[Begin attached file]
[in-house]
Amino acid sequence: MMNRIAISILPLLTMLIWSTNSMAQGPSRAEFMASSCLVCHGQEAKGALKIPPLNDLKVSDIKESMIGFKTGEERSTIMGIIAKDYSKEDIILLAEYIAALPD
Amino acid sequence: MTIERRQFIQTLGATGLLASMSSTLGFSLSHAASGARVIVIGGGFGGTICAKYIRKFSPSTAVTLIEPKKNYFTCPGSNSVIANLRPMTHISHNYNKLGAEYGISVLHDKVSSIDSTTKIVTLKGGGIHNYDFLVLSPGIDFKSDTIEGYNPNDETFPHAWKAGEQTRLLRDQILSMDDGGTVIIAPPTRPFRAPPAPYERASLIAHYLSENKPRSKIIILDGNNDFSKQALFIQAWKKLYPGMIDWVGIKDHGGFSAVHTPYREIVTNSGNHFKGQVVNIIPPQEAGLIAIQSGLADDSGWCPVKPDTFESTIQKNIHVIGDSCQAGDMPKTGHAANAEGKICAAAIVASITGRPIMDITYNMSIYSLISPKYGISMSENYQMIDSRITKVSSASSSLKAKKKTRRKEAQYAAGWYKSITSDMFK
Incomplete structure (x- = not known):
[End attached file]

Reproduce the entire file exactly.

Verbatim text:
[in-house]
Amino acid sequence: MMNRIAISILPLLTMLIWSTNSMAQGPSRAEFMASSCLVCHGQEAKGALKIPPLNDLKVSDIKESMIGFKTGEERSTIMGIIAKDYSKEDIILLAEYIAALPD
Amino acid sequence: MTIERRQFIQTLGATGLLASMSSTLGFSLSHAASGARVIVIGGGFGGTICAKYIRKFSPSTAVTLIEPKKNYFTCPGSNSVIANLRPMTHISHNYNKLGAEYGISVLHDKVSSIDSTTKIVTLKGGGIHNYDFLVLSPGIDFKSDTIEGYNPNDETFPHAWKAGEQTRLLRDQILSMDDGGTVIIAPPTRPFRAPPAPYERASLIAHYLSENKPRSKIIILDGNNDFSKQALFIQAWKKLYPGMIDWVGIKDHGGFSAVHTPYREIVTNSGNHFKGQVVNIIPPQEAGLIAIQSGLADDSGWCPVKPDTFESTIQKNIHVIGDSCQAGDMPKTGHAANAEGKICAAAIVASITGRPIMDITYNMSIYSLISPKYGISMSENYQMIDSRITKVSSASSSLKAKKKTRRKEAQYAAGWYKSITSDMFK
Incomplete structure (x- = not known):